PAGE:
China's coronavirus whistle-blower dies: There should be more than one voice in a healthy society, says doctor from hospital bed

Dr Li Wenliang had been worried the hospital would punish him for "spreading rumours" but felt relieved after the top court publicly criticised the police.
Dr Li Wenliang had been worried the hospital would punish him for "spreading rumours" but felt relieved after the top court publicly criticised the police.PHOTO: NYTIMES, EPA-EFE

WUHAN/BEIJING (CAIXIN GLOBAL) - The Chinese doctor who was punished by police for trying to warn the world of the emergence of the new strain of coronavirus died on Friday (Feb 7) from the disease. He was 34.

Dr Li Wenliang, one of the whistle-blowers on China's coronavirus, officially known as 2019-nCoV, died at 2.58am on Friday in the Central Hospital of Wuhan, Hubei province, the epicentre of the epidemic, the hospital said early on Friday.

The end came following extraordinary efforts to keep the critically ill doctor alive in the hospital's intensive care unit (ICU).

Caixin learnt that treatments included a procedure known as extracorporeal membrane oxygenation (Ecmo), which circulates blood through an artificial lung back into the bloodstream, starting at around 9pm on Thursday.

News of Dr Li's death broke at around 10pm on Thursday. But the Central Hospital later said on its official Weibo account that a medical rescue effort was still under way.

Around midnight, a nurse at the hospital told Caixin outside the ICU that Dr Li "won't make it".

Dr Li disclosed on his social media account last Saturday that he had been diagnosed with a 2019-nCoV infection, most likely as a result of treating patients, but said he planned to return to work after recovery. By Wednesday, his condition had worsened, he told Caixin over WeChat.

"I haven't felt as good the last couple of days," he said. "It's getting harder to breathe."

An ophthalmologist in Wuhan, Dr Li received national attention after China's top court on Jan 28 criticised Wuhan police for reprimanding eight Wuhan citizens for "spreading rumours" about an illness in late December, in a commentary on its official WeChat account.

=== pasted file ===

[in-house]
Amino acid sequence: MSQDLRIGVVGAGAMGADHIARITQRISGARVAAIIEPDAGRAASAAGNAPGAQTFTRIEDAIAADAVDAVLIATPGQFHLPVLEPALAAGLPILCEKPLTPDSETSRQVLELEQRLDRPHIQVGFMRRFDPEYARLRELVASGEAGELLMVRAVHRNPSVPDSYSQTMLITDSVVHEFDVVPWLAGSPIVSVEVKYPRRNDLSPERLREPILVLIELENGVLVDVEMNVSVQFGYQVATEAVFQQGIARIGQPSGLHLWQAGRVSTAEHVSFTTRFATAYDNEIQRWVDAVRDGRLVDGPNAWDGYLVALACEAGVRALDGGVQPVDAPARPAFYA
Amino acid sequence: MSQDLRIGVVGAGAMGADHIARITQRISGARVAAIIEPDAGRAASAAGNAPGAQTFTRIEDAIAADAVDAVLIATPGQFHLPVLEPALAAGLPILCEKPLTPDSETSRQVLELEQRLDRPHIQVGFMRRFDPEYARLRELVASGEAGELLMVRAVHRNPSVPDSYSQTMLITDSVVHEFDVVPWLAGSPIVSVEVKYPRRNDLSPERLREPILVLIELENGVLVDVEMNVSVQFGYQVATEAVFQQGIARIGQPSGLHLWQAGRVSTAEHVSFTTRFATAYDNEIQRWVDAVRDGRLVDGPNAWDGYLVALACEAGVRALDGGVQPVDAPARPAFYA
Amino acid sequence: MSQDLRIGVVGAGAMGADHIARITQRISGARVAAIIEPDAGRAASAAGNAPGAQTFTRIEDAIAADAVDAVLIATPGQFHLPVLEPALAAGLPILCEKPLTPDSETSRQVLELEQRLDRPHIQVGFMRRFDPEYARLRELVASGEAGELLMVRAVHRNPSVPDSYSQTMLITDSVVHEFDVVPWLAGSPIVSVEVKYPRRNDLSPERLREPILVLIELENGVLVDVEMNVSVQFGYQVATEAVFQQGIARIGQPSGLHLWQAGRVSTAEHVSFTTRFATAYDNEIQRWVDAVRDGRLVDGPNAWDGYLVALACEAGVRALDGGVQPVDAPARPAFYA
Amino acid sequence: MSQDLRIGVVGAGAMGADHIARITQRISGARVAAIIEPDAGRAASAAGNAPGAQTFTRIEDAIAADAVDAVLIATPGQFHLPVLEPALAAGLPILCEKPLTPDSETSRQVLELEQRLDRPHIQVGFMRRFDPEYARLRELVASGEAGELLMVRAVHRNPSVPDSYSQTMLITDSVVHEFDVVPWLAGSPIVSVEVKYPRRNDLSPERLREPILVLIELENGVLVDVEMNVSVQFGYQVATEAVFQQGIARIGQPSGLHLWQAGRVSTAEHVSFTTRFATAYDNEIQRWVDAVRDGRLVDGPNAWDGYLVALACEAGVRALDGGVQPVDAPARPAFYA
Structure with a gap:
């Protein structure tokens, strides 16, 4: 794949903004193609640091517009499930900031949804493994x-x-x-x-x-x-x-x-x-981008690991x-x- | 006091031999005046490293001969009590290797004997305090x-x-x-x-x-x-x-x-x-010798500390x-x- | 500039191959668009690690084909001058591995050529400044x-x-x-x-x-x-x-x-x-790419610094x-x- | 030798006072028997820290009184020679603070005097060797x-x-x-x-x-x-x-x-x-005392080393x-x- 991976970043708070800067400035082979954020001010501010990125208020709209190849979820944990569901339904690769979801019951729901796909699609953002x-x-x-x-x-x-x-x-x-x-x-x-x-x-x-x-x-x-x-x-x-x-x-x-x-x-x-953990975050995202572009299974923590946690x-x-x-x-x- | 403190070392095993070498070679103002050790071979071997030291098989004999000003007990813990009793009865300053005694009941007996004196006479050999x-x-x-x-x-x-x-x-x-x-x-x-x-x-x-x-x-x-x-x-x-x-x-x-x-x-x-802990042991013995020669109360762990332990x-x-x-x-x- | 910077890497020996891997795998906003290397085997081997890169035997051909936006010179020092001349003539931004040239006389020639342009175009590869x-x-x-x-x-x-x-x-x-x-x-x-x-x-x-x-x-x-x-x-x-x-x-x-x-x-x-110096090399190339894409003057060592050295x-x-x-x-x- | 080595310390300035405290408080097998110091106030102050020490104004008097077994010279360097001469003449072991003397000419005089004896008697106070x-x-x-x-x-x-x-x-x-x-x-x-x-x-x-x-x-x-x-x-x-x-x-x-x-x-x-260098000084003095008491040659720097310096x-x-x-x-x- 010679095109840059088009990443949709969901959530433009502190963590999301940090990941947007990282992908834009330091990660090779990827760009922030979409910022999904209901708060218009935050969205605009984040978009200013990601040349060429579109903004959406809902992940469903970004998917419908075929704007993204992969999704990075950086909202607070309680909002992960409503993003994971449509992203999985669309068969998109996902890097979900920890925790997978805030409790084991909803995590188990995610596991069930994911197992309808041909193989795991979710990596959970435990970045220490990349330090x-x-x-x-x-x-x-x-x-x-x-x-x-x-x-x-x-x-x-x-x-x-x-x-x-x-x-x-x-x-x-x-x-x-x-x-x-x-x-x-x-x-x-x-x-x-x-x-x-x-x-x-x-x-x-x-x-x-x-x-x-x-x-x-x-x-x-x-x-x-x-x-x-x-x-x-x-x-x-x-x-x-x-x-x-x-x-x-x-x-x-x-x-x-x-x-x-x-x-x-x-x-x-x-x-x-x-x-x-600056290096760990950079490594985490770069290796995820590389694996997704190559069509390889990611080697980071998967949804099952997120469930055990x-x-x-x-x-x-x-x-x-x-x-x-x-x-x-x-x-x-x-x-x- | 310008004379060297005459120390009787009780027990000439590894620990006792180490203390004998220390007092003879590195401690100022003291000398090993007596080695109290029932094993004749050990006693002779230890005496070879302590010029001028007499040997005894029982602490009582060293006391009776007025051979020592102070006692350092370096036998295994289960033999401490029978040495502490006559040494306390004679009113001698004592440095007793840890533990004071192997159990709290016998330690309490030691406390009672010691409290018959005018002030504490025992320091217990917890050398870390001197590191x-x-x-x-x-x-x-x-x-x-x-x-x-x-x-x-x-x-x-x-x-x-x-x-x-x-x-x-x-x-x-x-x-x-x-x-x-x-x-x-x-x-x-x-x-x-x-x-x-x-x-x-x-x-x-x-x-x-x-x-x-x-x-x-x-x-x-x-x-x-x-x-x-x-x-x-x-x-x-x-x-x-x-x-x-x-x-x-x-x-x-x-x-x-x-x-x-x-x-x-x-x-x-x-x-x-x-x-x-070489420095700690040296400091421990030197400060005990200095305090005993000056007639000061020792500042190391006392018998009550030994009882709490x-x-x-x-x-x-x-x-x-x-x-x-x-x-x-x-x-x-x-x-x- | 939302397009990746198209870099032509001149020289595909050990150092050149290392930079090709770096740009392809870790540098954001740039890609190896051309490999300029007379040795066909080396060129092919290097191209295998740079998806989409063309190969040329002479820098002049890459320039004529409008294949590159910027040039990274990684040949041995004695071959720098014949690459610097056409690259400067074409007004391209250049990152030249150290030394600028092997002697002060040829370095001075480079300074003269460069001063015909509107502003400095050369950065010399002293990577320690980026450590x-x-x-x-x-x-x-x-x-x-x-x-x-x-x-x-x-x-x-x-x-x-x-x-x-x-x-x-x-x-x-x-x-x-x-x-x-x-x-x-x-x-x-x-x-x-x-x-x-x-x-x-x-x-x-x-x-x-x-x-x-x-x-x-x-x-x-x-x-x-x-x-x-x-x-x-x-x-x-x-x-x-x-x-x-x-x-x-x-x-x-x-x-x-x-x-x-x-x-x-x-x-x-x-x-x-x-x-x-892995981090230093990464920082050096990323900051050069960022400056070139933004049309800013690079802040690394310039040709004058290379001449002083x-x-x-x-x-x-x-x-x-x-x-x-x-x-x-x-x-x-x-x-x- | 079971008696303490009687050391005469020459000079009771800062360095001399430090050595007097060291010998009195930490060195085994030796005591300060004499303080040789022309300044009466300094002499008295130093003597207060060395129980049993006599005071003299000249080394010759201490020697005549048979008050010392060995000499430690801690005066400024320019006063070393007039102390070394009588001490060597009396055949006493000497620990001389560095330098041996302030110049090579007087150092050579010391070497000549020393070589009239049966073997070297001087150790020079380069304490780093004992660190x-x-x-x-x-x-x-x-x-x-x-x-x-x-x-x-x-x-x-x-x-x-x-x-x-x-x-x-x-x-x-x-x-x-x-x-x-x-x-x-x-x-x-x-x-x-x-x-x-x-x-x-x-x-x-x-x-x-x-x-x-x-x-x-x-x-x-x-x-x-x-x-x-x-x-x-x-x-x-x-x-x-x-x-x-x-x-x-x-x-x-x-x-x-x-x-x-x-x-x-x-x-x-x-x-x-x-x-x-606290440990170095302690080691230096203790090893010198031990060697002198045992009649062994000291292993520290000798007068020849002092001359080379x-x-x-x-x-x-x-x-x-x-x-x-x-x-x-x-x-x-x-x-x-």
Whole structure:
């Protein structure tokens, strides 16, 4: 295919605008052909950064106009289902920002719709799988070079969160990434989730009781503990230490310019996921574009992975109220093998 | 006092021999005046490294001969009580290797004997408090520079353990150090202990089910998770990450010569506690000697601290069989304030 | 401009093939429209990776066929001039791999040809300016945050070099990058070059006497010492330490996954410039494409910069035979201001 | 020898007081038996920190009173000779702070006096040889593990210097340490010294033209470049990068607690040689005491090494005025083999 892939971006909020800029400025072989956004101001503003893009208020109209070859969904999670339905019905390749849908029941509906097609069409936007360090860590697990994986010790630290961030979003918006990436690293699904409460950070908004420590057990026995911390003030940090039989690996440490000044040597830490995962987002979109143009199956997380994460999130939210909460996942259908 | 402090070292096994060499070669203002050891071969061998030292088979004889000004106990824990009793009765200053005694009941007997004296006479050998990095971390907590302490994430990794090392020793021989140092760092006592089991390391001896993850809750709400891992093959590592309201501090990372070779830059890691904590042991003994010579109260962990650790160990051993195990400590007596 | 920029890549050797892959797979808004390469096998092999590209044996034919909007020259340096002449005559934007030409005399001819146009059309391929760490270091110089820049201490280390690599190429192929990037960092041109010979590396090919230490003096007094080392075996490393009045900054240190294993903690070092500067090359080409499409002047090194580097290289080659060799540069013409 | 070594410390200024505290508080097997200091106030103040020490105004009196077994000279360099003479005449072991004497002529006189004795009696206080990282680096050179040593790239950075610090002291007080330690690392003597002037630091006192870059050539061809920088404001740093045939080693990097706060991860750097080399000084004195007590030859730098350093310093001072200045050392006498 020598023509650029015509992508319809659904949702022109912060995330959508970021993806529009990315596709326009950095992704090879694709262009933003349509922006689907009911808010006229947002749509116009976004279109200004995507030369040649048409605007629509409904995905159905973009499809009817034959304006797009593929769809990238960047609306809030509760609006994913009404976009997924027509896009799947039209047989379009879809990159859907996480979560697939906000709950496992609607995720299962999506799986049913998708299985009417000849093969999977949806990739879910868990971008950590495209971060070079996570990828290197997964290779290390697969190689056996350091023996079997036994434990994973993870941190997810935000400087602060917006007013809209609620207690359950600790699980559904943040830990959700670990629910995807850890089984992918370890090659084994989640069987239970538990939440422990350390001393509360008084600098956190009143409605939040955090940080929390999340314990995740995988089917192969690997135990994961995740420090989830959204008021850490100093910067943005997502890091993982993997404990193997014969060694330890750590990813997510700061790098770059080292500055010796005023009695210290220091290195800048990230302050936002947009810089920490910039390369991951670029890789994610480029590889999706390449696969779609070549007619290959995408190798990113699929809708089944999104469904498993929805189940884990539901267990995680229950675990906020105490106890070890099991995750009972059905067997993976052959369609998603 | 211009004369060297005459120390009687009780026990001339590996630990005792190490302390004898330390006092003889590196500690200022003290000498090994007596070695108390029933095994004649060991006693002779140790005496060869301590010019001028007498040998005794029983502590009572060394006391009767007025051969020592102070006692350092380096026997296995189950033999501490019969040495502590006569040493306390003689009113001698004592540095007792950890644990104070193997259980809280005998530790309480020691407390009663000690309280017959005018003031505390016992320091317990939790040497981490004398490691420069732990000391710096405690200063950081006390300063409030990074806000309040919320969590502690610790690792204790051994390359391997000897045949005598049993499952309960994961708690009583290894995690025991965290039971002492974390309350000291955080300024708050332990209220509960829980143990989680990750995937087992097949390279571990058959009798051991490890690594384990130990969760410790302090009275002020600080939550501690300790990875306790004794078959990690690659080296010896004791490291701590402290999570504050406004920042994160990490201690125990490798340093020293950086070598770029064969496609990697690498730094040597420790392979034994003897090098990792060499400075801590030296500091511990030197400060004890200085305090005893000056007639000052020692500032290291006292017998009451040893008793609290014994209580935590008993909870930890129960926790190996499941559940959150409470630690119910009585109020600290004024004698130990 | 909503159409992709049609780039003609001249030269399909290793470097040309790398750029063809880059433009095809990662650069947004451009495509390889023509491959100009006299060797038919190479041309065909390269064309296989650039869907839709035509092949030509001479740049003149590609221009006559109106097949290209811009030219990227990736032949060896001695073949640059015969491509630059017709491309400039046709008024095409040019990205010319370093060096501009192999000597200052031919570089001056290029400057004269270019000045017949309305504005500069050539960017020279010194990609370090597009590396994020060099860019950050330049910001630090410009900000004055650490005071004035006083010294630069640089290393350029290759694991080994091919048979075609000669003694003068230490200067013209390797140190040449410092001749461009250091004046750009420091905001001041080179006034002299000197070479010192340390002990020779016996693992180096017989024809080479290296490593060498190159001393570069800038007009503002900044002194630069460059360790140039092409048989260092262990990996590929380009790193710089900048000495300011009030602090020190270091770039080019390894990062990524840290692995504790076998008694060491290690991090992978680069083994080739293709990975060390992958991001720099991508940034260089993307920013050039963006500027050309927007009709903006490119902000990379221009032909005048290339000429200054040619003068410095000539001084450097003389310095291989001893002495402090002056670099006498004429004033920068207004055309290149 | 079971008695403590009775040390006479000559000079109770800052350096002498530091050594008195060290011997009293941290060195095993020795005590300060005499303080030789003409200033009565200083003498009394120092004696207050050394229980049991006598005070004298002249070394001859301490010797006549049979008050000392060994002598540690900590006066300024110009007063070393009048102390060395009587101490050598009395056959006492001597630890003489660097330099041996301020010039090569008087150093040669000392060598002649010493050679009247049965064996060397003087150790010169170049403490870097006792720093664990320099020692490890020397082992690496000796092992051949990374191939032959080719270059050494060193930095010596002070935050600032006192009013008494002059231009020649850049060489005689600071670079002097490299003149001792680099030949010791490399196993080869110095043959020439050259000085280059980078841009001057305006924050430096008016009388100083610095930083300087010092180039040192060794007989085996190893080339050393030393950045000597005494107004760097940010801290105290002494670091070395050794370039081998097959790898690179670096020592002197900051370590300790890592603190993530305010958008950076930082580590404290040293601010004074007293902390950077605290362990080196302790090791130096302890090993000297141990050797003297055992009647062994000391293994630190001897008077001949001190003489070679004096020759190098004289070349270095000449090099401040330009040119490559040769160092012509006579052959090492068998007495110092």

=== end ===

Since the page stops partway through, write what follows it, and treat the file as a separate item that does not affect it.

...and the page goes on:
Dr Li is considered to be one of the eight, although the police did not identify who specifically they had accused or punished.

 
 
 

'THERE SHOULD BE MORE THAN ONE VOICE IN A HEALTHY SOCIETY'

On Dec 30, Dr Li sent a message to his medical school alumni WeChat group, warning that the ophthalmology department in his hospital had put seven patients from a local seafood market into isolation wards after they were diagnosed with severe acute respiratory syndrome (Sars).

A screenshot of the message was leaked, and Dr Li was summoned by the hospital's inspection unit for a talk. Later, on Jan 3, he was called in and reprimanded by local police for allegedly spreading rumours online and disrupting social order.

The commentary posted on the social media account of China's Supreme People's Court said that in retrospect, the eight Wuhan citizens should not have been punished, as what they said was not entirely false.

"It might have been a fortunate thing if the public had believed the 'rumours' then and started to wear masks and carry out sanitisation measures, and avoid the wild animal market," the commentary said.

Dr Li told Caixin in an interview on Jan 30 that he had been worried the hospital would punish him for "spreading rumours" but felt relieved after the top court publicly criticised the police.

"I think there should be more than one voice in a healthy society, and I don't approve of using public power for excessive interference," Dr Li said.

A few days after the police summons, Dr Li treated a patient who initially came in for glaucoma but later had a fever. A lung scan showed viral pneumonia.

On Jan 12, as he felt unwell and was suspected of having contracted the virus, he was moved to an isolation ward, Dr Li told Caixin. His parents were also infected and sent to the hospital.

 
 
 

On Jan 30, Dr Li said his test result had come back negative, but he remained in the isolation ward.

He said he did not plan to go through official judicial channels to get an explanation, saying that it would be troublesome for him and the public security bureau.

"It's more important that people know the truth," Dr Li said. "Justice is less important to me."

He did take the opportunity, however, to clarify that rumours saying his medical licence was suspended were not true.

As of Friday morning, China confirmed more than 31,000 coronavirus cases, and the epidemic's death toll had risen past 600.

This story was originally published by Caixin Global.